"On Performing the Critical" is an essay on race and critical discourse in MFA education. It appears in Beyond Critique: Contemporary Art in Theory, Practice, and Instruction, edited by Roger Rothman and Pamela Fraser (Bloomsbury, 2017).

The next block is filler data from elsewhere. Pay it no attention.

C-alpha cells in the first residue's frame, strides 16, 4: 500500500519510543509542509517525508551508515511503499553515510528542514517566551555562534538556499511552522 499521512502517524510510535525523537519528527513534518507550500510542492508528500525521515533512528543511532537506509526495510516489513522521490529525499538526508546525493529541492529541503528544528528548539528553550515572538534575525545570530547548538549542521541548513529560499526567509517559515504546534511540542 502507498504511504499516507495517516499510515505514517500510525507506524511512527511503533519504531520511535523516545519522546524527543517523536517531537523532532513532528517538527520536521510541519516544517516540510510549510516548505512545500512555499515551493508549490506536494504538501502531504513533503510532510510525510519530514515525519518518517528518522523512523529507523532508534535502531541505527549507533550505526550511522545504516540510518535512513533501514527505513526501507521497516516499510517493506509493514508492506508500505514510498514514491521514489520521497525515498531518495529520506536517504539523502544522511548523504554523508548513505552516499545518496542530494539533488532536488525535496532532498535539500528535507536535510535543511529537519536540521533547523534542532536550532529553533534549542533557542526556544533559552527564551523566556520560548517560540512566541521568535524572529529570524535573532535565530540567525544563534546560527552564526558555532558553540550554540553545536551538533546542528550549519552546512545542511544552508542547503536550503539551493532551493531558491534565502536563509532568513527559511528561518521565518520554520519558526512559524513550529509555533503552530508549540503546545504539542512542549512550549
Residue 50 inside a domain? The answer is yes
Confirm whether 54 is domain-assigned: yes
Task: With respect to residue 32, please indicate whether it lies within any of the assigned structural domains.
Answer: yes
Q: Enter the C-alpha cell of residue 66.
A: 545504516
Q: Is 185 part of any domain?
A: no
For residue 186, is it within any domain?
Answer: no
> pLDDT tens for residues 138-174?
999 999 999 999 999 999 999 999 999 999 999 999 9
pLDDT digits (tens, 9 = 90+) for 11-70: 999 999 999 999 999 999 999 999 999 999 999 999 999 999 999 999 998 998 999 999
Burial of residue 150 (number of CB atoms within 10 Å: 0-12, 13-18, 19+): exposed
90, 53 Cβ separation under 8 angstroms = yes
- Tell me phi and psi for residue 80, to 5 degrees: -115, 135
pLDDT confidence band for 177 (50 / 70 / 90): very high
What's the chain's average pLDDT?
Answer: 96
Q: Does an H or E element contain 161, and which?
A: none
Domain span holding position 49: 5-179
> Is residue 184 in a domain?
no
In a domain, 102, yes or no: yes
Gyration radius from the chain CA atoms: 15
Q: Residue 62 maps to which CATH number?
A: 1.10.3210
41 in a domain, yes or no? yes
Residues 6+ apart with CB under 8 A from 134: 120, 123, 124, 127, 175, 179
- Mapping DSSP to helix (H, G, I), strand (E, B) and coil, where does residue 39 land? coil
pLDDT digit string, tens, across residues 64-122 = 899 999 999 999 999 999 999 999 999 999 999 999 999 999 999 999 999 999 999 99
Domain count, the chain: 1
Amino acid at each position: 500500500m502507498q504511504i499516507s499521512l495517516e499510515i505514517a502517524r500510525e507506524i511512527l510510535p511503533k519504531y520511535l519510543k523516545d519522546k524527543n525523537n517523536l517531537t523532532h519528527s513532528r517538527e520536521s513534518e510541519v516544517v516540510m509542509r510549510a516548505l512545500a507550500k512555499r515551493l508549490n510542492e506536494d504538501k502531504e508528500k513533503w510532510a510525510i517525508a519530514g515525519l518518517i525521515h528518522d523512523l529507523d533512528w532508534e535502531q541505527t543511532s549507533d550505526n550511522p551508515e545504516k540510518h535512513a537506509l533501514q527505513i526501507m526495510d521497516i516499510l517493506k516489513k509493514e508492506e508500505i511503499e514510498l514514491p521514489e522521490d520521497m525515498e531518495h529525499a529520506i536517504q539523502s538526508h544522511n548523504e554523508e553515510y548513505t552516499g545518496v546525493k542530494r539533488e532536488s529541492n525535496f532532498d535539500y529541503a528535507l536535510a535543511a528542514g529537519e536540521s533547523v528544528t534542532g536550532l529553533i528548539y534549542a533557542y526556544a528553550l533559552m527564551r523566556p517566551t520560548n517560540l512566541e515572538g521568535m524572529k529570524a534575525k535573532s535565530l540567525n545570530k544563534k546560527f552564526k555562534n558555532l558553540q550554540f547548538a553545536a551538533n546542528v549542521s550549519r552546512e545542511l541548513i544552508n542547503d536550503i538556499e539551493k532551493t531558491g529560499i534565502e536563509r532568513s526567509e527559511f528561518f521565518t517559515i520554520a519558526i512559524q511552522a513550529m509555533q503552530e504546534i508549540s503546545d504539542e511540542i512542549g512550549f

Abstract: With the proliferation of masters and doctoral degrees in the fine arts, critique as a defining pedagogical module has become a naturalized mode of transaction and performance. The production of more art degrees and artists has resulted in an impoverished notion of critique that fails to uphold a self-critical stance towards a radical repositioning of its own inequalities within. Unfortunately, art schools neither adequately address nor sufficiently prepare students for the asymmetrical relations of power and social hierarchies of the art industry, let alone of the art school itself. With more artists being produced as subjects of and through critique than ever before, we might ask what is being replicated in the name of critique. How are art schools reflective of uneven relations of power and discourse and how are they productive of them? What is urgent for art and art education in this current moment and in what ways might we imagine critique differently? How might a reengagement with critique engender new possibilities from fraught locations?